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1 September 2015 Crimean—Congo Hemorrhagic Fever Virus Clade IV (Asia 1) in Ticks of Western Iran
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Crimean—Congo Hemorrhagic Fever virus (CCHFV) is transmitted through the bite of an infected tick, or by direct contact with CCHFV-infected patients' blood or the products of infected livestock. In 2012, ticks were collected in eight regions of Lorestan Province, Iran. In total, 434 ticks were collected. Reverse transcriptase polymerase chain reaction was used for the detection of CCHFV RNA. Of 434 ticks, 419 (96.6%) ticks were from the family Ixodidae (hard ticks) and 15 (3.5%) ticks were from the family Argasidae (soft ticks). The presence of CCHFV RNA was detected in 29 (6.7%) of 434 ticks. The infected tick species include Hyalomma asiaticum (n = 7, 7.4%), Hyalomma anatolicum (n = 12, 13.2%), Hyalomma marginatum (n = 1, 16.7%), and Rhipicephalus sanguineus (n = 9, 4.3%). These empirical data demonstrated that the majority of CCHFV-positive ticks belonged to the Ixodidae. None of the Argasidae and Haemaphysalis sulcata species was infected with CCHFV. The phylogenetic analyses of the tick-derived CCHFV strains revealed that all 29 viral strains fell in clade IV (Asia 1). The most abundant species of tick collected in this study was R. sanguineus followed by different species of Hyalomma. Given the infection rate among collected ticks, H. marginatum was the most abundant infected tick species (16.7%) followed by H. anatolicum (13.2%), H. asiaticum (7.4%), and R. sanguineus (4.3%).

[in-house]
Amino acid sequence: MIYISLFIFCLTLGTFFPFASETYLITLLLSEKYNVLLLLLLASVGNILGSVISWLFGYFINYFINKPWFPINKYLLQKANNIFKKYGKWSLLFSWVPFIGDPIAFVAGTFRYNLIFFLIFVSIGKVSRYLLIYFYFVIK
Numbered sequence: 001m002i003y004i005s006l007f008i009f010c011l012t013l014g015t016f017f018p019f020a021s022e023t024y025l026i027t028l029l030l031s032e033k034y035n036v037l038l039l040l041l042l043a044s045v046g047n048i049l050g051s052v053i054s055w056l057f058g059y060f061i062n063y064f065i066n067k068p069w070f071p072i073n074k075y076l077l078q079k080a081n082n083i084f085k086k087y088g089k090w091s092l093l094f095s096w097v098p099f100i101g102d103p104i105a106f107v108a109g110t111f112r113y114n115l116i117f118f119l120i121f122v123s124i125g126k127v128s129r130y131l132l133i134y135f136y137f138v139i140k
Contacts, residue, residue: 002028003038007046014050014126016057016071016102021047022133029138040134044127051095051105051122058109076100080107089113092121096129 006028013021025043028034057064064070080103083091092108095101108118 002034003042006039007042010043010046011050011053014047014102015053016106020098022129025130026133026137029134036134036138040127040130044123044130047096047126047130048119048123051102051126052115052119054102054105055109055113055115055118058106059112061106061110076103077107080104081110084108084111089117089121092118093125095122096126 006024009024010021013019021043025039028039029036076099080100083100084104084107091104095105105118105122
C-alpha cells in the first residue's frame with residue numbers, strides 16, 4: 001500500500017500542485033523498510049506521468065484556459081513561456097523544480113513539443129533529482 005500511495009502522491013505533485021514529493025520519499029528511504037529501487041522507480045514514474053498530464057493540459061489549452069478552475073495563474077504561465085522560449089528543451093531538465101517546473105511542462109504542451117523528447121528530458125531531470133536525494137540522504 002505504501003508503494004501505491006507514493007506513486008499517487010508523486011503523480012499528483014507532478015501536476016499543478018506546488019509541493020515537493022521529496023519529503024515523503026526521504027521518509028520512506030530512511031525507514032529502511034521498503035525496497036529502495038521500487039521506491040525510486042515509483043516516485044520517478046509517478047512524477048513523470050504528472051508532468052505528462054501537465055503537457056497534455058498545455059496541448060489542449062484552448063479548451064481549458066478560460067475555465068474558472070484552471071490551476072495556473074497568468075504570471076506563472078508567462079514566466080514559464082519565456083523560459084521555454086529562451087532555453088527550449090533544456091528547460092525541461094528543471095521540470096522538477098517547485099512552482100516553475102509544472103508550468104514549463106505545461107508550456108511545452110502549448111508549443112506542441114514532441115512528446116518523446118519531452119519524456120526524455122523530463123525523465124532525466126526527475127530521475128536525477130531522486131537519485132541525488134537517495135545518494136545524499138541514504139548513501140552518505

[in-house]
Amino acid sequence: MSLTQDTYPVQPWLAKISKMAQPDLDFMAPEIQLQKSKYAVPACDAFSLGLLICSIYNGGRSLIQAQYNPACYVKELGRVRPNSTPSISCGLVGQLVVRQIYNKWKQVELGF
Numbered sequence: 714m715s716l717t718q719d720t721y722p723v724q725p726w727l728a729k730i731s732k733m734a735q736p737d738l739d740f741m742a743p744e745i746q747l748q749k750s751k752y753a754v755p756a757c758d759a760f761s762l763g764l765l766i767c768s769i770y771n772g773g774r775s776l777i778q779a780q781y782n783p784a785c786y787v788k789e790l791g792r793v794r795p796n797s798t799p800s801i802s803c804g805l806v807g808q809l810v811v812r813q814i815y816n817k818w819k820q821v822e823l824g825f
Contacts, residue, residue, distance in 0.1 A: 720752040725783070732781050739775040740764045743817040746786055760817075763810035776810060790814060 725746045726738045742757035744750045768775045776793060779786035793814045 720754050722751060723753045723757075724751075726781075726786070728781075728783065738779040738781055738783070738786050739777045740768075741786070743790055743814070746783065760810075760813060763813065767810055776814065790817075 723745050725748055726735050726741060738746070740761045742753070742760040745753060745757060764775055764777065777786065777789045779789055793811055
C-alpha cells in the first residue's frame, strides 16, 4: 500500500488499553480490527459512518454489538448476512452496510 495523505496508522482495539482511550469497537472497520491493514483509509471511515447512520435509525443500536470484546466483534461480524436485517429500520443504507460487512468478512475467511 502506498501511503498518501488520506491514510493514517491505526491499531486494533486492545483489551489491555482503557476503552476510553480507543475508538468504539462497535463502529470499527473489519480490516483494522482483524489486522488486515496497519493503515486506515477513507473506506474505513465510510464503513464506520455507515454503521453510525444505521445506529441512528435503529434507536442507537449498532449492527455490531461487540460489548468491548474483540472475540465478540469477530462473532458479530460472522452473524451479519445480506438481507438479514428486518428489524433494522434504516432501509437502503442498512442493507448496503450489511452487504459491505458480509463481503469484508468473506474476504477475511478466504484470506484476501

© The Authors 2015. Published by Oxford University Press on behalf of Entomological Society of America. All rights reserved. For Permissions, please email:
Mohammad Hassan Kayedi, Sadegh Chinikar, Ehsan Mostafavi, Sahar Khakifirouz, Tahmineh Jalali, Asadolah Hosseini-Chegeni, Ali Naghizadeh, Matthias Niedrig, Anthony R. Fooks, and Nariman Shahhosseini "Crimean—Congo Hemorrhagic Fever Virus Clade IV (Asia 1) in Ticks of Western Iran," Journal of Medical Entomology 52(5), 1144-1149, (1 September 2015).
Received: 22 February 2015; Accepted: 8 June 2015; Published: 1 September 2015

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